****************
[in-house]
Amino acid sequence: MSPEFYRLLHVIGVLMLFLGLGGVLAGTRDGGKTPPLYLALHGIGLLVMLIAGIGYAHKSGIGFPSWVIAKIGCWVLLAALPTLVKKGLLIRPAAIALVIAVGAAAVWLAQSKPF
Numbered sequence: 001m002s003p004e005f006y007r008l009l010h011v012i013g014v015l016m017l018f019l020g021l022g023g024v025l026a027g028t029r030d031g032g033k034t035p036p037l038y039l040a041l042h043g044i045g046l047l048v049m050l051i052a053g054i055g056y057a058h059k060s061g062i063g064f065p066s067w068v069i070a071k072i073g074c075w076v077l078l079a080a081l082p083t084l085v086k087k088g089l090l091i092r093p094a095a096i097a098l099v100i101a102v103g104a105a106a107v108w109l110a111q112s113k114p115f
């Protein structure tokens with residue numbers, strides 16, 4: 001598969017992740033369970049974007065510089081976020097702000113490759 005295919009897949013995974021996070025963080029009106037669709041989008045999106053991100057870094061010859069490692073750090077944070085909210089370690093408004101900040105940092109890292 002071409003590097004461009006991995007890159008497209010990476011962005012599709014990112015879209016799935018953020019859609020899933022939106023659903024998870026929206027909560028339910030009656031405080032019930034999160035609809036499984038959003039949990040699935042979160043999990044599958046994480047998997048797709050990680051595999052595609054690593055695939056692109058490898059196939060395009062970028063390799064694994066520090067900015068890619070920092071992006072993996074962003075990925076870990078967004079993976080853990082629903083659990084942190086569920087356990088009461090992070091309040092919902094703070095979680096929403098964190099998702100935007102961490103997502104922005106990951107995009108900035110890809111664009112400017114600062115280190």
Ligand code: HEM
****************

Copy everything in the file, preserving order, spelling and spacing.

[in-house]
Amino acid sequence: MSPEFYRLLHVIGVLMLFLGLGGVLAGTRDGGKTPPLYLALHGIGLLVMLIAGIGYAHKSGIGFPSWVIAKIGCWVLLAALPTLVKKGLLIRPAAIALVIAVGAAAVWLAQSKPF
Numbered sequence: 001m002s003p004e005f006y007r008l009l010h011v012i013g014v015l016m017l018f019l020g021l022g023g024v025l026a027g028t029r030d031g032g033k034t035p036p037l038y039l040a041l042h043g044i045g046l047l048v049m050l051i052a053g054i055g056y057a058h059k060s061g062i063g064f065p066s067w068v069i070a071k072i073g074c075w076v077l078l079a080a081l082p083t084l085v086k087k088g089l090l091i092r093p094a095a096i097a098l099v100i101a102v103g104a105a106a107v108w109l110a111q112s113k114p115f
């Protein structure tokens with residue numbers, strides 16, 4: 001598969017992740033369970049974007065510089081976020097702000113490759 005295919009897949013995974021996070025963080029009106037669709041989008045999106053991100057870094061010859069490692073750090077944070085909210089370690093408004101900040105940092109890292 002071409003590097004461009006991995007890159008497209010990476011962005012599709014990112015879209016799935018953020019859609020899933022939106023659903024998870026929206027909560028339910030009656031405080032019930034999160035609809036499984038959003039949990040699935042979160043999990044599958046994480047998997048797709050990680051595999052595609054690593055695939056692109058490898059196939060395009062970028063390799064694994066520090067900015068890619070920092071992006072993996074962003075990925076870990078967004079993976080853990082629903083659990084942190086569920087356990088009461090992070091309040092919902094703070095979680096929403098964190099998702100935007102961490103997502104922005106990951107995009108900035110890809111664009112400017114600062115280190």
Ligand code: HEM